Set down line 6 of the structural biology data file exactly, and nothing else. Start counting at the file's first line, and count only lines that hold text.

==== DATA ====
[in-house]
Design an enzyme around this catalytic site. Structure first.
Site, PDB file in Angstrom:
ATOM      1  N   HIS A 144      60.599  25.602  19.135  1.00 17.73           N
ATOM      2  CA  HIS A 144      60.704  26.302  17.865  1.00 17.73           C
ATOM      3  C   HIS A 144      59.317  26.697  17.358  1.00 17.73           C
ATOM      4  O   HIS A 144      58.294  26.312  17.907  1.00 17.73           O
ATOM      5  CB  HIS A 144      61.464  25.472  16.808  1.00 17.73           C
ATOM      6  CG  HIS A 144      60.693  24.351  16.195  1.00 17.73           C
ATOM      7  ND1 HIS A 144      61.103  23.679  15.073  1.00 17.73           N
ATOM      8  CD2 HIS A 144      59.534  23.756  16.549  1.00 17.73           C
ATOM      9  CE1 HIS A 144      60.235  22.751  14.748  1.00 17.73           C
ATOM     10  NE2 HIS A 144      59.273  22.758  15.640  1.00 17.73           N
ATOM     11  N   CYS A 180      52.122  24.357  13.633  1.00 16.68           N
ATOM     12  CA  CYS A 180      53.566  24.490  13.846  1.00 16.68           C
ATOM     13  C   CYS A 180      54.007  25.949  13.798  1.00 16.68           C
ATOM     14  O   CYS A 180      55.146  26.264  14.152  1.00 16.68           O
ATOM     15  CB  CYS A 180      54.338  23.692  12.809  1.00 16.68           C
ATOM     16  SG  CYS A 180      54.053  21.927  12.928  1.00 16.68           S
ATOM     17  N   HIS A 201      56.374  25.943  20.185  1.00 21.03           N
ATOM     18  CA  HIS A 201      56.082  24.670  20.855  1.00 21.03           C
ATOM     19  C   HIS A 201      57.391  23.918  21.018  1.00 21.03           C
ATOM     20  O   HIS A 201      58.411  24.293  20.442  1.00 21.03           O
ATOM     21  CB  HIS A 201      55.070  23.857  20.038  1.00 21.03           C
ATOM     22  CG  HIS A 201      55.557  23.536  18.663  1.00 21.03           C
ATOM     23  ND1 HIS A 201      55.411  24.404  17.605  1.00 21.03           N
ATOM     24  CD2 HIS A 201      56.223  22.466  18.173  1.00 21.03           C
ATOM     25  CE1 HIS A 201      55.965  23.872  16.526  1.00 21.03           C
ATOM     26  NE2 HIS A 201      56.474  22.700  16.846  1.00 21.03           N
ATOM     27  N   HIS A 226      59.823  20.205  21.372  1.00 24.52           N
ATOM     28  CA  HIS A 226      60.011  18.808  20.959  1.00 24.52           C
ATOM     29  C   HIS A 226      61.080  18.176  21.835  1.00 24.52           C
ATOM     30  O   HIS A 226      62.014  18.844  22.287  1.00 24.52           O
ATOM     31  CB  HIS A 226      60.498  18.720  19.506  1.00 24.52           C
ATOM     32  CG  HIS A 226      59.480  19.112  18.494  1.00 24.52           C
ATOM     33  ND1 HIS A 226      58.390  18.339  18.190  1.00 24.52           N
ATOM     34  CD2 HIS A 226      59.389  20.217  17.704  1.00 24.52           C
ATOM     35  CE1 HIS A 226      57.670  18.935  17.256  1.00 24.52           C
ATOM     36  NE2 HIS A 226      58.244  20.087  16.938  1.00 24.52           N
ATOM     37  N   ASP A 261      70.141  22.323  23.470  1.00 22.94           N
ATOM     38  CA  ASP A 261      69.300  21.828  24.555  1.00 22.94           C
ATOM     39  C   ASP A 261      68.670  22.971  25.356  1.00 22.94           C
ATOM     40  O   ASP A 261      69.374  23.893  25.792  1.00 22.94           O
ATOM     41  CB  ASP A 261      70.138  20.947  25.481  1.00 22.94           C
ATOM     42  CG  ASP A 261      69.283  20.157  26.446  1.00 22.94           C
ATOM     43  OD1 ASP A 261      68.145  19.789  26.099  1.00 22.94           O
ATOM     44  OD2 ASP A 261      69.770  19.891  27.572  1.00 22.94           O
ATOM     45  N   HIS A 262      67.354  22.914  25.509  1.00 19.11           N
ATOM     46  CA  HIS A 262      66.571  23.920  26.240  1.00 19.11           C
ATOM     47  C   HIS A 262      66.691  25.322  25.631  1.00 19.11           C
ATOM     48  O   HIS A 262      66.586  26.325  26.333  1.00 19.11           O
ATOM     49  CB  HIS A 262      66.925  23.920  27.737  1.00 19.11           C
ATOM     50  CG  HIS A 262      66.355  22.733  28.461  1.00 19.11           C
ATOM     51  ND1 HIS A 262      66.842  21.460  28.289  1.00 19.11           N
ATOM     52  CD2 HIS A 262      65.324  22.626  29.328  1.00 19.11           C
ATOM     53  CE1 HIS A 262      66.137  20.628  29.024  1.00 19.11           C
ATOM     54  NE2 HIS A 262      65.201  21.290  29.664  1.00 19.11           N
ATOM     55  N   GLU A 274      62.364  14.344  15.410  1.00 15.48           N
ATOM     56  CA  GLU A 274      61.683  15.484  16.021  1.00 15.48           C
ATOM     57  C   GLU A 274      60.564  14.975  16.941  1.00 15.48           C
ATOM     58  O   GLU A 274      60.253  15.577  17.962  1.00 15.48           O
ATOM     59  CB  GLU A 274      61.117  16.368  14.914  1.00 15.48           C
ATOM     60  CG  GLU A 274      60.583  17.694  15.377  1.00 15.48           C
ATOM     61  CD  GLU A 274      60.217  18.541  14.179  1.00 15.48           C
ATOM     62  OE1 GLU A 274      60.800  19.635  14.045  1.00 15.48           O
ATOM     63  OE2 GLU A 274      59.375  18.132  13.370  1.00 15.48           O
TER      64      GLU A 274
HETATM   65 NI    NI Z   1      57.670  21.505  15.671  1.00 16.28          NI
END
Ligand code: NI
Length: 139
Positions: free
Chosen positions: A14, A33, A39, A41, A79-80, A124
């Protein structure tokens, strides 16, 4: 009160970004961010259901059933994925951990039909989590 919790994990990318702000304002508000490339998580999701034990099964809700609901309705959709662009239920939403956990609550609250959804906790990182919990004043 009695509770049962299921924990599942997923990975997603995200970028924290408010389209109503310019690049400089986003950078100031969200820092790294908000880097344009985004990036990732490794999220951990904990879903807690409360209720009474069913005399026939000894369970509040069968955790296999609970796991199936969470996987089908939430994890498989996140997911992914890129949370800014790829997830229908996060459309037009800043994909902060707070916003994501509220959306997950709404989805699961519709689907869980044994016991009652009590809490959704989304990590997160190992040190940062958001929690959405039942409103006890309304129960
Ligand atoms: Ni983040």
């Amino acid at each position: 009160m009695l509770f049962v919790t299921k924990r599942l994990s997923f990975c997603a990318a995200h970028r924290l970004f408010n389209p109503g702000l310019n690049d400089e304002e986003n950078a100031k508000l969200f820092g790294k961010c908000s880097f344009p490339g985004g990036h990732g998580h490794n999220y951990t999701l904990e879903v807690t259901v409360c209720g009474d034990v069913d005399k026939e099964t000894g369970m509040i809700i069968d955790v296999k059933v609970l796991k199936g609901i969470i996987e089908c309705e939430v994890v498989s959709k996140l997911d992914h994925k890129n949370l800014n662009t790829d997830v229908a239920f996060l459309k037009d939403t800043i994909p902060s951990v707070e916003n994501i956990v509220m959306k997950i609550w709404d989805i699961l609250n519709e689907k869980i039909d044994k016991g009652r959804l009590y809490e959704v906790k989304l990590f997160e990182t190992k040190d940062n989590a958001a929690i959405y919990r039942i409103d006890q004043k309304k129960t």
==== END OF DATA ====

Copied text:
ATOM      3  C   HIS A 144      59.317  26.697  17.358  1.00 17.73           C